Frankenstein’s monster is a living thing. It thinks like a human and, although different than most, shares characteristics of unique people that we still classify as human. The overwhelming evidence points to the monster being a human. The first impression we have of the monster is through Frankenstein’s fearful eyes. Frankenstein attaches a stigma to the monster from his immediate animation that he isn’t anything like a human with “yellow skin”, “grave-worms crawling in the folds of the flannel”, and muttering “inarticulate sounds.” (Shelley 54) If the monster were to stop being classified as a “monster” it is easier to realize that he is just a human being who has been brought back to life.


Carl Santavicca said...

Caleb, good start on a topic that that can be in so many directions, psychologically, socially, philosophically, or biologically. I like that you chose the biological aspect of what it means to be human and for the most part stuck with it through the entire essay; as opposed to being general and trying to cover more than one topic. You make very good points in your paragraph relating the monster to todays technology, but I don't think that topic was given any weight in your introduction. Having completed the book now you could definitely elaborate on the monsters desire to have a mate and Victor's fear of having a race of monsters as confirmation of your original idea that he is anatomically correct and able to reproduce, if you choose to do a revision of this particular work. Also, possibly citing some biology texts and elaborating on what having a highly functioning brain means to being biologically classified as being human. Overall it is a good start to what can be a very difficult and extremely diverse topic.

Carl Santavicca said...

Oops, sorry. I meant on a topic that can be taken in so many directions

Adam said...

I'm not sure that spending two paragraphs arguing that the monster is alive is a good use of resources. Would anyone question that? I think you're proving what is already obvious here.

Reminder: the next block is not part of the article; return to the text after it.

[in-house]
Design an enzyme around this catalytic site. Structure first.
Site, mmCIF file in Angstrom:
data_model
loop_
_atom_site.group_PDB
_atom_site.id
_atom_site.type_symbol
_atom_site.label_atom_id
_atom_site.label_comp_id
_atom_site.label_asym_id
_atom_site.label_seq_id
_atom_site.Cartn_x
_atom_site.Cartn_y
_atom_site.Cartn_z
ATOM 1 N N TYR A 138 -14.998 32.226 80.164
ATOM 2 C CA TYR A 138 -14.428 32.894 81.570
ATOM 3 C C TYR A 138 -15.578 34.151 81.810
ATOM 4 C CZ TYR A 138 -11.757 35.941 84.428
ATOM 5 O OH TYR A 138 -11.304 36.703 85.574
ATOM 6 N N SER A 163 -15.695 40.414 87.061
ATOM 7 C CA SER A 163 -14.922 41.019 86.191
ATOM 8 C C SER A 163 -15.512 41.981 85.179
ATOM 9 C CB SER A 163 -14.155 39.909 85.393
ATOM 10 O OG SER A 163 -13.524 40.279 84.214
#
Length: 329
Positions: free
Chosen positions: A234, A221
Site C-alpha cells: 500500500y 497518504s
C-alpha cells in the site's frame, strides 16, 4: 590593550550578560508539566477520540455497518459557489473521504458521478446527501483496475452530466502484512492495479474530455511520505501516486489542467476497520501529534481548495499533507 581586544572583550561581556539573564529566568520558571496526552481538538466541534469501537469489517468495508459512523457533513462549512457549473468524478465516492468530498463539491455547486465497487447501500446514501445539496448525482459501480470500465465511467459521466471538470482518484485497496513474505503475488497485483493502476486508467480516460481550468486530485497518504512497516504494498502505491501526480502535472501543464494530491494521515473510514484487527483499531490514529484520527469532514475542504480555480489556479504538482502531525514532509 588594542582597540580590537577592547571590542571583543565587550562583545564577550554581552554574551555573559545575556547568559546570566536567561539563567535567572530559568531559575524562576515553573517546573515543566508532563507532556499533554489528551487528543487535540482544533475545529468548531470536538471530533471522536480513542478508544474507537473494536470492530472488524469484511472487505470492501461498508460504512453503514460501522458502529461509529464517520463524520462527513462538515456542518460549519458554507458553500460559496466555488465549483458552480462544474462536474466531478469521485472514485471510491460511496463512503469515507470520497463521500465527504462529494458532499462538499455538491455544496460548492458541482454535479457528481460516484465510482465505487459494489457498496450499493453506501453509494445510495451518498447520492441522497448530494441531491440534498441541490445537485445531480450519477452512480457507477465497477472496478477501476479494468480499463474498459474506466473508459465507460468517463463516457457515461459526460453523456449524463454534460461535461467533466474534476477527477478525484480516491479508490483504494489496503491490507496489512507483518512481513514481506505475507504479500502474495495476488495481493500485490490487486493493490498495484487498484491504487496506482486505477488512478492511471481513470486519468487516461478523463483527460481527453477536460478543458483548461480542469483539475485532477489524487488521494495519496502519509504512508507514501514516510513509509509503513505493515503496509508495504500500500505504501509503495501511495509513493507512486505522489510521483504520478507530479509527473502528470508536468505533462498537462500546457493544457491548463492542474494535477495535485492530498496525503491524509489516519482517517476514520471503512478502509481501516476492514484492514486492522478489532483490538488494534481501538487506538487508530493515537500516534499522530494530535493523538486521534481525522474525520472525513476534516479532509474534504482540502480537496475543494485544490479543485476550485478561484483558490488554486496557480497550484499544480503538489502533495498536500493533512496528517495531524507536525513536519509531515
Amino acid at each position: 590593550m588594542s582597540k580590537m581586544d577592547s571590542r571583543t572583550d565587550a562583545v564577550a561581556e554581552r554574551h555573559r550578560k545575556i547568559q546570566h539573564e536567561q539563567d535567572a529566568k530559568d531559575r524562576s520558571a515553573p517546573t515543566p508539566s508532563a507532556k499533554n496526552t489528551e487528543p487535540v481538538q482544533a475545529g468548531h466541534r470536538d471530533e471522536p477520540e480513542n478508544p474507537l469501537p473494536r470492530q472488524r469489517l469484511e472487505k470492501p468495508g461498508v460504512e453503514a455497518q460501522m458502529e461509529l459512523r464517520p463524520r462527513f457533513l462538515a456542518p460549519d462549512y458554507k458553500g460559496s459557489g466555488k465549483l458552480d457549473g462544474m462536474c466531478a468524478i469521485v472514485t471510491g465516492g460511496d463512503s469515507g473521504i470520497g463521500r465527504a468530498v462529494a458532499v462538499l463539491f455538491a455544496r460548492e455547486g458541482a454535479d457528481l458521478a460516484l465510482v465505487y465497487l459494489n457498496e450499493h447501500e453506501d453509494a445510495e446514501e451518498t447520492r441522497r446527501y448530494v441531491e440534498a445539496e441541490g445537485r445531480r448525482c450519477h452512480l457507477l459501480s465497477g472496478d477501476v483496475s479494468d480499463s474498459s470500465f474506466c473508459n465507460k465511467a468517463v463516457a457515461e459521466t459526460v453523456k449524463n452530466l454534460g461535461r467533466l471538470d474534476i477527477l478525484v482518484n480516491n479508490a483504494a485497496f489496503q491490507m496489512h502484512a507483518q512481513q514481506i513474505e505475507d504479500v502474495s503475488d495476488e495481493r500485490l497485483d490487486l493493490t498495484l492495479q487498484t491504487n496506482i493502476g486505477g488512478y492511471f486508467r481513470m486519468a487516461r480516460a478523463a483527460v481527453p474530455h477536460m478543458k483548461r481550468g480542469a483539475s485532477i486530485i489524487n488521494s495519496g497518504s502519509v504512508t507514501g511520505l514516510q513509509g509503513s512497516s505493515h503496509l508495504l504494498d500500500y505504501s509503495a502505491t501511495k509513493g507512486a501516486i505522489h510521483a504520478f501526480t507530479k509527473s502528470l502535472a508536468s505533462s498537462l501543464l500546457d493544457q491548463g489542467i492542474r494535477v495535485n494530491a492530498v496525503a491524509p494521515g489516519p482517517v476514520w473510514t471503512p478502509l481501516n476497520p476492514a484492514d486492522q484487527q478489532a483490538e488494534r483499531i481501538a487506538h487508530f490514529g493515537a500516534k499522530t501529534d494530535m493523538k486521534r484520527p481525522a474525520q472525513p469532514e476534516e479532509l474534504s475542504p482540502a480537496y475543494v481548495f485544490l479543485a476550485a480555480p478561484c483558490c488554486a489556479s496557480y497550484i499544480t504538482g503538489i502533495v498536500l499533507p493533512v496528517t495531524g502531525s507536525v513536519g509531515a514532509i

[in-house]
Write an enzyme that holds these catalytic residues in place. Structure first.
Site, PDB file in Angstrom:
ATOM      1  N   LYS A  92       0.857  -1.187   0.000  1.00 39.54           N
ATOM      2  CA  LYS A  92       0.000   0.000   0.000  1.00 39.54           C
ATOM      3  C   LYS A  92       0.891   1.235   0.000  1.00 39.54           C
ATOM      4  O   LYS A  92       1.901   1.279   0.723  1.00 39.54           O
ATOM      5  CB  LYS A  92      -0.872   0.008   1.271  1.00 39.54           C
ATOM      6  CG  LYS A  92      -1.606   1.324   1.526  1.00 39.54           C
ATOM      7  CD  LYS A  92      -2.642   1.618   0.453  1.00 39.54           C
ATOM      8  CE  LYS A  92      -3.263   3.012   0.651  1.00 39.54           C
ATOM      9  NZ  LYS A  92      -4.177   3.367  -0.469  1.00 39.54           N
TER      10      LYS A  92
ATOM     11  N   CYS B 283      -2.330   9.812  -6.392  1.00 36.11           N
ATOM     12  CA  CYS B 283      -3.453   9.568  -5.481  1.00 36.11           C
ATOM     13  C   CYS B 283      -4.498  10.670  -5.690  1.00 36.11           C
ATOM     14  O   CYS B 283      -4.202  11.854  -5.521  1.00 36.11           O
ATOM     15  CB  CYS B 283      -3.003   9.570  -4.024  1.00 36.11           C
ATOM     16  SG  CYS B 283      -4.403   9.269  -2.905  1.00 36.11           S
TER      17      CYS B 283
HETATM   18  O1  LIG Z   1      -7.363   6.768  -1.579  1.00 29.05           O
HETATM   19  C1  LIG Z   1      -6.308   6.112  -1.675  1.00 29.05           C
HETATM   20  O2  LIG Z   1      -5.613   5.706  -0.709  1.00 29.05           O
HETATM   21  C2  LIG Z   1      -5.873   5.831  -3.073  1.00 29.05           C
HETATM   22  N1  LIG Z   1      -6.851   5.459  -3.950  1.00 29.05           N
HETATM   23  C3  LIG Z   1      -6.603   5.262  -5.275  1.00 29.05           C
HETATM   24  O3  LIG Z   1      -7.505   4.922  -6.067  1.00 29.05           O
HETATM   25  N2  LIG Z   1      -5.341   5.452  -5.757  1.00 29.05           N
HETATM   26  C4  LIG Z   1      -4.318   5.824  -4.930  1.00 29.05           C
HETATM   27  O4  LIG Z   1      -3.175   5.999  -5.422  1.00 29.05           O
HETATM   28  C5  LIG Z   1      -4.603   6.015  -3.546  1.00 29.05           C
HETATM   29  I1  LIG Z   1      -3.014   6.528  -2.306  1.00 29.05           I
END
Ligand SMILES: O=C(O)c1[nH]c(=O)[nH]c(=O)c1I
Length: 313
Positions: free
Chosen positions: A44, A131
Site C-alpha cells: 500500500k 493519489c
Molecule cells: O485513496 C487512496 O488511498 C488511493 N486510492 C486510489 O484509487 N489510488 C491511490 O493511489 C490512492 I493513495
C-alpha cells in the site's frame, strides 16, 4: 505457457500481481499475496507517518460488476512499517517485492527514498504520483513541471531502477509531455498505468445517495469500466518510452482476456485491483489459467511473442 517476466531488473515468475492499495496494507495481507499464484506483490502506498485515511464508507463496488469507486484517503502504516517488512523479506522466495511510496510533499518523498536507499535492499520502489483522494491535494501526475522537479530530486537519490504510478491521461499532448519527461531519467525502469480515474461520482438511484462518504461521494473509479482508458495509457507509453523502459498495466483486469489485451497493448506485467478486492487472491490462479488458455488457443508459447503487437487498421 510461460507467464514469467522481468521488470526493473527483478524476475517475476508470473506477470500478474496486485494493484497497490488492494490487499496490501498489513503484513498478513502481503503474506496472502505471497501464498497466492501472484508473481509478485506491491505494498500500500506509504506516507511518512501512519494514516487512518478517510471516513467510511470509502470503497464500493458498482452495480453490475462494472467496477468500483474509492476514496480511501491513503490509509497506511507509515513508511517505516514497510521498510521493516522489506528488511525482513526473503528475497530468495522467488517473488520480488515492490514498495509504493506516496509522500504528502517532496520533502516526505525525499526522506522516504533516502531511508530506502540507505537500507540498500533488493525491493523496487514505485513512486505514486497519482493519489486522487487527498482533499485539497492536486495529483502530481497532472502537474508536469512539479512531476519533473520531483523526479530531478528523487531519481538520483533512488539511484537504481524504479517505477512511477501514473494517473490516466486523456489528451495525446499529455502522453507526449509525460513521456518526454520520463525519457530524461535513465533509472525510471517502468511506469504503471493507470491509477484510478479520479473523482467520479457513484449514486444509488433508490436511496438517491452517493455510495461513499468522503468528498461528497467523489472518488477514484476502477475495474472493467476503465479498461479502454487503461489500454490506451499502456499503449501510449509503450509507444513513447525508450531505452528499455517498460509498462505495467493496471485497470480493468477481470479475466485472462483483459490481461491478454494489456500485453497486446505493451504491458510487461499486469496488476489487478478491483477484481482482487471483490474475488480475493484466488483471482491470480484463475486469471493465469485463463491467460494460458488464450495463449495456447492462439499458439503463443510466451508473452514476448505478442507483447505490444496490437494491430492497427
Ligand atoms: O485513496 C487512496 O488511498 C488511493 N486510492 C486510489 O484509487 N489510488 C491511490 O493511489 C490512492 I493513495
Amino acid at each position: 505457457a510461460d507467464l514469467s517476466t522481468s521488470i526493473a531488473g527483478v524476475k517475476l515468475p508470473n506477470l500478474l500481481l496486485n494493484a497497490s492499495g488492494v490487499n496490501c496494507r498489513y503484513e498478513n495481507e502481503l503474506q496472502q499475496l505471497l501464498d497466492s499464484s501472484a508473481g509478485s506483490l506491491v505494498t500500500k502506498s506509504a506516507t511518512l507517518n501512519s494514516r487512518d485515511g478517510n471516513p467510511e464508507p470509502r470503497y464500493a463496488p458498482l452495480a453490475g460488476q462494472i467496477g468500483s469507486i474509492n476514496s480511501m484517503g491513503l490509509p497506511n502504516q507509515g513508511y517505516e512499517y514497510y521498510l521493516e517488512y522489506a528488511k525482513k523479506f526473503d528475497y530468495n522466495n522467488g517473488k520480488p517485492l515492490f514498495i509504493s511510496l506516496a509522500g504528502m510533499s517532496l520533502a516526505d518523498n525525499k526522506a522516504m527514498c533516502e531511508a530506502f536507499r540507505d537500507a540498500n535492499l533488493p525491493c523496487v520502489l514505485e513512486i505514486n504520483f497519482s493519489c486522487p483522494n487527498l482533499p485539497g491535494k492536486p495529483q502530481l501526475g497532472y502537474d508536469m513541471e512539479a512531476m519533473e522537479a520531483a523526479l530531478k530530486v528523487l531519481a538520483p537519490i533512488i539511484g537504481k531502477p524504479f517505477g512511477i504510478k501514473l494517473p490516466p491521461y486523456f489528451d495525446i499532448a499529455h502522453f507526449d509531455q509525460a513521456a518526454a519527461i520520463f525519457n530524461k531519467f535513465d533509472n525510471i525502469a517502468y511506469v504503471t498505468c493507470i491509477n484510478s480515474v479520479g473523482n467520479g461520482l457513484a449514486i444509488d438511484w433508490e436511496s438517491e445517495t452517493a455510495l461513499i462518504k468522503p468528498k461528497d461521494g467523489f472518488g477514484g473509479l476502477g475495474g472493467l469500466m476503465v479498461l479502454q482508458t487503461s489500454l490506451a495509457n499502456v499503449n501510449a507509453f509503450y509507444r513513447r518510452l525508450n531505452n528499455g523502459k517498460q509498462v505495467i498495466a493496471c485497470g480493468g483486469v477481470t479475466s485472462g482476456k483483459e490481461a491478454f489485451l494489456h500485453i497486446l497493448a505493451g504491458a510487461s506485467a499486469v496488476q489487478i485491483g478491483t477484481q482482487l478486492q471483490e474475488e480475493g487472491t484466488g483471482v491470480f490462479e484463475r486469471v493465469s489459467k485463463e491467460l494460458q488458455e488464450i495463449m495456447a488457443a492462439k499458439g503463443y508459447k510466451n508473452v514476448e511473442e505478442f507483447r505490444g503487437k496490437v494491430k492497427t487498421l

Curiously, given your careful definition of life, you're a little sloppy defining humanity. "We have conscious thought, are able to effectively use tools and logic, be compassionate, have morals, and have the ability to develop a highly complex society etc." I would argue (and I'm hardly alone) that the great apes, for instance, do all of these things (one recommended book: de Waal's *Chimpanzee Politics*). Crows and parrots do some of them. Dogs (wolves, African painted dogs, etc) do some of them. *Ants* have highly complex socities. You were careful and precise where you didn't need to be, but didn't worry about the details precisely where they matter.

None of that makes you wrong, exactly. But it does mean that you're defining humanity loosely/sloppily, then trying to make that definition binding. While you make reasonable use of the text, and that helps, the definition itself isn't terribly effective.

In the next paragraph, you move to the contemporary importance of the question of how much physical difference we can have and still have a human being (what about mental difference? The monster is very mentally different). This is good, but very general - it might have worked better as more of an introduction. You want to minimize generalizations and background, and focus more on details of the text.

Overall: Some reasonable ideas, which are mostly lost in a long and pointless introduction which is a distraction from the difficulties of what should be your main argument.